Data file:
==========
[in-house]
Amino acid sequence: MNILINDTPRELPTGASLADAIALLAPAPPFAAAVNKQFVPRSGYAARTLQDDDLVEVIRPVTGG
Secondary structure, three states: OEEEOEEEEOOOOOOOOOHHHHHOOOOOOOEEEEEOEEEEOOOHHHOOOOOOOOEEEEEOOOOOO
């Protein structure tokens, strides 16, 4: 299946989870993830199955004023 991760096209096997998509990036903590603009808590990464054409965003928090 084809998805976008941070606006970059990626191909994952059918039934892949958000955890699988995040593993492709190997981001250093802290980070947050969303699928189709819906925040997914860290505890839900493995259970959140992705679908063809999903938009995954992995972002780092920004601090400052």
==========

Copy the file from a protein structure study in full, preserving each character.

[in-house]
Amino acid sequence: MNILINDTPRELPTGASLADAIALLAPAPPFAAAVNKQFVPRSGYAARTLQDDDLVEVIRPVTGG
Secondary structure, three states: OEEEOEEEEOOOOOOOOOHHHHHOOOOOOOEEEEEOEEEEOOOHHHOOOOOOOOEEEEEOOOOOO
């Protein structure tokens, strides 16, 4: 299946989870993830199955004023 991760096209096997998509990036903590603009808590990464054409965003928090 084809998805976008941070606006970059990626191909994952059918039934892949958000955890699988995040593993492709190997981001250093802290980070947050969303699928189709819906925040997914860290505890839900493995259970959140992705679908063809999903938009995954992995972002780092920004601090400052």